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Irish Water has been criticised for failing to produce any records to support its claim that abolishing the utility would cost €100 million.
Freedom of Information documents released to Sinn Féin TD Pearse Doherty confirm the figure, which came in the wake of the general election, is an estimate given verbally to the media.
Mr Doherty said the correspondence proved there was no basis to the utility’s “back of the envelope calculation” of the costs.
“This was an exercise in self-preservation by them and the least we would expect from Irish Water, ” the Donegal TD said.
“They have no email, no documents to underpin the €100 million figure.
“This was an attempt to try to scare the public away from parties who suggested that Irish Water should be abolished.”
An Irish Water spokeswoman said it had been made clear at all times that this was an estimate.
Mr Doherty had sought all “minutes, records, correspondence etc, related to the cost of charges and of abolishing Irish Water since March 1st, 2015”.
In response, the company provided a number of documents including a briefing note prepared by the parent company of Irish Water, Ervia, the Irish Water business plan and a review by the Commission for Energy Regulation.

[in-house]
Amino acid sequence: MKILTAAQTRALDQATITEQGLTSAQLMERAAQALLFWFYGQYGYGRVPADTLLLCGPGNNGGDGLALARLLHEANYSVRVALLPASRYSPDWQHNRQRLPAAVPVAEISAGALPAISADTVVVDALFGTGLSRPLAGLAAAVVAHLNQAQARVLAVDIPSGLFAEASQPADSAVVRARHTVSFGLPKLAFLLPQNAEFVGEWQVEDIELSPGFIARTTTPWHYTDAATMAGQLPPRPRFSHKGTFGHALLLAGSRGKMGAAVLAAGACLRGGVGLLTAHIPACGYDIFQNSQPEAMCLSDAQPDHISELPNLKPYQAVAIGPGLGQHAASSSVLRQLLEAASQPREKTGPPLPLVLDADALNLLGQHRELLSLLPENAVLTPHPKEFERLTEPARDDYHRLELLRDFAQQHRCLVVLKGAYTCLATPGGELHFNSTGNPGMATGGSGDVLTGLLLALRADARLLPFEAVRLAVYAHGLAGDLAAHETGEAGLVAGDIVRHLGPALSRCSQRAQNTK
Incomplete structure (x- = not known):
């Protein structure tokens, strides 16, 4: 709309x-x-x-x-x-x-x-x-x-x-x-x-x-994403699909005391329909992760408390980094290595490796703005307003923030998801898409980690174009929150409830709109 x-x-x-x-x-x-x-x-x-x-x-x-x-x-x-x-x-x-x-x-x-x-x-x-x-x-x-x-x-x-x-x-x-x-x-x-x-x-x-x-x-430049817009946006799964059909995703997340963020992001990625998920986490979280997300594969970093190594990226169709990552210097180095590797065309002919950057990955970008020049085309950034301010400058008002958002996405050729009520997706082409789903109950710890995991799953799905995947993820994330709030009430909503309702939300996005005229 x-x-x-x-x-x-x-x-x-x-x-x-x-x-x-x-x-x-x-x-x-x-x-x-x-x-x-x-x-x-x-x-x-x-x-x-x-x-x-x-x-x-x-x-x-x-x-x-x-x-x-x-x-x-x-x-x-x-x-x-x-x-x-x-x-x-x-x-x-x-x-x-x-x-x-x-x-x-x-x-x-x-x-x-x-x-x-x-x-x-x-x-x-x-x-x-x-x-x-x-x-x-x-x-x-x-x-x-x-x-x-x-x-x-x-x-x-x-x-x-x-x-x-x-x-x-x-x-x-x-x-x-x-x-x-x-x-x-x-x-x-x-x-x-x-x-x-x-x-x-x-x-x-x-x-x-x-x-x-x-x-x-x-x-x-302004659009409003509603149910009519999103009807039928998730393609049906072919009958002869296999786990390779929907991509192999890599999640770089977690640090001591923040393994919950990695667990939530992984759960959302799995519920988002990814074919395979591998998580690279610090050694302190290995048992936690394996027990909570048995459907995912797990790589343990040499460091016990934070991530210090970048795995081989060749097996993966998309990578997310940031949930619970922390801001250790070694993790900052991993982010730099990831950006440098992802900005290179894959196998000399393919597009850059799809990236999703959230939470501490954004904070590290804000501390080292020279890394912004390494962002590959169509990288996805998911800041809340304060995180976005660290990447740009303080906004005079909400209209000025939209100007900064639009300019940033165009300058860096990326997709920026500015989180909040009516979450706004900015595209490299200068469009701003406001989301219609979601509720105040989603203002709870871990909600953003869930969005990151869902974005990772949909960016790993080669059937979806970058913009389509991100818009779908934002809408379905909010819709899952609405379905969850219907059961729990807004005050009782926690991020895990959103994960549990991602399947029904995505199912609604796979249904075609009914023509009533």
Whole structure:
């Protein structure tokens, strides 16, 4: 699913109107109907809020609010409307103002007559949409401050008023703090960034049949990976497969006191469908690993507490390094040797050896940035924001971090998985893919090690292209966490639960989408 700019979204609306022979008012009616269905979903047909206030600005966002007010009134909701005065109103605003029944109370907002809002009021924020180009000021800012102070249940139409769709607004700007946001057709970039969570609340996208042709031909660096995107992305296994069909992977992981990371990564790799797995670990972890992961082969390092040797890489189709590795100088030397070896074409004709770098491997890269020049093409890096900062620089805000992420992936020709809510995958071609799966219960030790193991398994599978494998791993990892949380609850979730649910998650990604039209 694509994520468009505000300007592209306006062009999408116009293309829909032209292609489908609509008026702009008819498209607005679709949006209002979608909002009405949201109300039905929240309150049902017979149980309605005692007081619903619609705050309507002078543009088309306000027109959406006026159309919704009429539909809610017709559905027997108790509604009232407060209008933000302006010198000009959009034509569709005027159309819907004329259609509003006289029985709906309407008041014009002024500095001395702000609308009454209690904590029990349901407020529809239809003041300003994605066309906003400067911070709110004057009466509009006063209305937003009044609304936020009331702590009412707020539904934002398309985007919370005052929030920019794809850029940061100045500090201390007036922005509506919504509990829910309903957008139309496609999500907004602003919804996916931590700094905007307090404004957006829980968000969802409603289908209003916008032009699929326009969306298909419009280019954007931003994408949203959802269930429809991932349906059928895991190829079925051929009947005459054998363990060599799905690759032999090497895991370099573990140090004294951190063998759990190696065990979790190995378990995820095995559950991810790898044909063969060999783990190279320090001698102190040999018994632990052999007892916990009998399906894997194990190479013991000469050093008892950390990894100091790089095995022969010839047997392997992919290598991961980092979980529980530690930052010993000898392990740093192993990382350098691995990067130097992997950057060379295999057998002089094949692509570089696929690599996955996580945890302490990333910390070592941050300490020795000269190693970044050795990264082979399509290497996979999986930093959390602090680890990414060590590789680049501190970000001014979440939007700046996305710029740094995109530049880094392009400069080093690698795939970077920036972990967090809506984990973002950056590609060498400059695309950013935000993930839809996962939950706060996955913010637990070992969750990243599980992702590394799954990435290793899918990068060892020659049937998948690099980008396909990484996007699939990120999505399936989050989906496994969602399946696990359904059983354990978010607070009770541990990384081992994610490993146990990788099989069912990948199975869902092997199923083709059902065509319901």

The utility said it was asked by journalists about the “likely ‘cash wind-up costs’ of Irish Water including payroll, contracts and leases, IT systems and services”.
Mr Doherty said Irish Water had “plucked the figure from the air” and had engaged in political lobbying without any basis.
The TD added: “Politicians have been asking Irish Water for figures in relation to payment of bills and they won’t give it to us so we have to go to Freedom of Information which arrives long after the information should be released.
“Yet when it comes to a question from a journalist about how much abolishing Irish Water would cost, they pluck a figure from the air.”
Figures later released by the Department of the Environment said abolishing the utility would cost between €85 million and €169 million.
In the documents released to Mr Doherty, Ervia warned abolishing water charges was in breach of the European water directive.
It also claimed the establishment of a single national utility was the “single biggest transformation of public services in the history of the State”.